Find high-performance outdoor clothing, gear, and accessories that make wise and responsible use of resources. See more Mountain Gear Sustainable Pick items.

Tuesday, March 30, 2010

"Unclimbed": Seven Years Later

I've just been editing a story for the American Alpine Journal about the first ascent of the north face of Chang Himal in Nepal, by British climber Andy Houseman. Andy said his climb, with fellow Brit Nick Bullock, was inspired in part by an article called "Unclimbed," published in 2003 in Alpinist 4, in which various writers identified nine great unfulfilled challenges in the alpine world. Which, in turn, inspired me to dig up the article and see how climbers have done over the last six and a half years.

Not bad, as it turns out, not bad at all. But these lines have proved to be worthy challenges. Here are the nine routes and their status:

Annapurna III, Nepal, southeast ridge. Not yet, but the peak has seen some action: The southwest ridge was climbed in 2003 by Kenton Cool, Ian Parnell, and John Varco. And Britons Jon Bracey, Nick Bullock, and Matt Helliker are headed to Nepal this spring to attempt the stunning southeast ridge. [Photo courtesy of]

South Tower of Paine, Chile, south face. Not yet, but big-wall soloist Dave Turner spent months in the Paine in early 2009, hoping to attempt the face, before an injury forced him to focus on smaller objectives.

Shingu Charpa, Pakistan, north ridge. Climbed. Twice, more or less. Or not at all. Depends on how you look at it. In 2006, a Ukrainian trio claimed to have climbed the route, but it later turned out they had turned back perhaps 100 meters below the top of the peak. A month later, Kelly Cordes and Josh Wharton climbed most of the route, but also retreated near the top because they didn't have the right gear for the summit icefields. In 2007, a Russian team climbed the east face and continued up the final section of the north ridge to the summit. [Photo by Clint Estes.]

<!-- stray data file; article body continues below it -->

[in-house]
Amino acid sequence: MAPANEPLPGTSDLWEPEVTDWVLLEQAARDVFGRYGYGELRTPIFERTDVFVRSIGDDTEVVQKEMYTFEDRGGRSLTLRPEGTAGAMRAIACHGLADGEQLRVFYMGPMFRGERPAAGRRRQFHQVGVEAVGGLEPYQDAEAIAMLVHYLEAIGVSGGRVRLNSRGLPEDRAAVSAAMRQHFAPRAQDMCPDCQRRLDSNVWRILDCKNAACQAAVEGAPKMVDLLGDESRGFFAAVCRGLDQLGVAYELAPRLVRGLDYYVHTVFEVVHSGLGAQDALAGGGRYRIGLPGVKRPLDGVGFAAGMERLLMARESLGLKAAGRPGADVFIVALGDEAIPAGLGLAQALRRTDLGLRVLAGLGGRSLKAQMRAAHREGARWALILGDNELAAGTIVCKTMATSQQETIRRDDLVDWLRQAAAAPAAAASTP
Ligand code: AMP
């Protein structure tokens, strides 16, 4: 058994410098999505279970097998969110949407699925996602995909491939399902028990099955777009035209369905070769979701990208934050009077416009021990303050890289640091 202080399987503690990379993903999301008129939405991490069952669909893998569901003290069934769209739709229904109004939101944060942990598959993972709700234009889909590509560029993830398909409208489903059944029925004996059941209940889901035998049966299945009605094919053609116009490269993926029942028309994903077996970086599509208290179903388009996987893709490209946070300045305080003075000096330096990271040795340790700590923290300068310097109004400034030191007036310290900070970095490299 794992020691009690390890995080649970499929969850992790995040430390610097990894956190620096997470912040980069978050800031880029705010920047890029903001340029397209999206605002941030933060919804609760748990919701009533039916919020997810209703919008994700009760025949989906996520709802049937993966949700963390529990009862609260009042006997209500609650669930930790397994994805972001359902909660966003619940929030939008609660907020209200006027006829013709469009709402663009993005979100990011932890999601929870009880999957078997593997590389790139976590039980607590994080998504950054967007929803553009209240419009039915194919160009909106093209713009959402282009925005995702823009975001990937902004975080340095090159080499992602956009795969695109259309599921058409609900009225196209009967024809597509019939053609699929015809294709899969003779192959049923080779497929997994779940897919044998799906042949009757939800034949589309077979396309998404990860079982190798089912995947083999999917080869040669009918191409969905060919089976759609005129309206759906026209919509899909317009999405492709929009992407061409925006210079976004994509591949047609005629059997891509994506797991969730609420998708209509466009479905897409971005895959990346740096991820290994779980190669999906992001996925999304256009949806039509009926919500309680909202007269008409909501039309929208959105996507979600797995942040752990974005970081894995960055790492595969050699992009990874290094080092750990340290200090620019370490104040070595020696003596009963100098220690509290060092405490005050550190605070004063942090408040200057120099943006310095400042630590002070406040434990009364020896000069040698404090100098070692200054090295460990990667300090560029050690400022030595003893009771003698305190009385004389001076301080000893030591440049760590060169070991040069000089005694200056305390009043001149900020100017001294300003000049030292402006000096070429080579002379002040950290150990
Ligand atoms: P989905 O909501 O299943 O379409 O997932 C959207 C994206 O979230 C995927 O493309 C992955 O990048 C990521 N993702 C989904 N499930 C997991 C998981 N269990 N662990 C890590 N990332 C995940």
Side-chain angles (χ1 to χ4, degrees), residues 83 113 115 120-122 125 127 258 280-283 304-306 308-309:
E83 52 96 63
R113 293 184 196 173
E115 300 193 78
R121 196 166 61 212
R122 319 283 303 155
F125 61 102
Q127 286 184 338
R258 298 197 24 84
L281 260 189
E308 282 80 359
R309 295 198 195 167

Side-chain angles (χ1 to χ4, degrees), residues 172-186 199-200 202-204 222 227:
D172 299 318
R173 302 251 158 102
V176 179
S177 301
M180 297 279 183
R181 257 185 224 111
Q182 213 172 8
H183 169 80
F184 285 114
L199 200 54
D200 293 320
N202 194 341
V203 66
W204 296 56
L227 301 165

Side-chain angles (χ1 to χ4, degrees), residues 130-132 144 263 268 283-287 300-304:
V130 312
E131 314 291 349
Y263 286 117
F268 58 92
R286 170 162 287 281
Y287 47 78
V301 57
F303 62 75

Namcha Barwa, Tibet, west face. Nope. The 7,782-meter peak has been climbed only once, in 1992, from the south. The 3,300-meter west face has never been attempted.

Janak, Nepal, southwest pillar. Climbed! Slovenians Andrej Stremfelj and Rok Zalokar pulled off a stylish alpine-style ascent in 2006.

Chang Himal, Nepal, north face. Climbed! Those Brits, Nick Bullock and Andy Houseman, polished off the route, alpine style, in a five-day round trip from the base of the wall.

Mt. Tyree, Antarctica, southeast face. Not yet. Antartica's biggest and steepest alpine wall remains untouched.

Latok I, Pakistan, north face. Not yet. Several teams have attempted the line but diverted to the north ridge, also unclimbed.

Torre Traverse, Patagonia. Climbed! Rolando Garibotti and Colin Haley linked Cerro Standhardt, Torre Egger,and Cerro Torre in January 2008.

So, more than half of these routes remain unclimbed. But it would be a mistake for either climbers or the media to focus attention exclusively on these lines. As the Alpinist compilation's editor, Sean Easton, wrote in his introduction, these climbs "represent only a minute sampling of what remains to be found."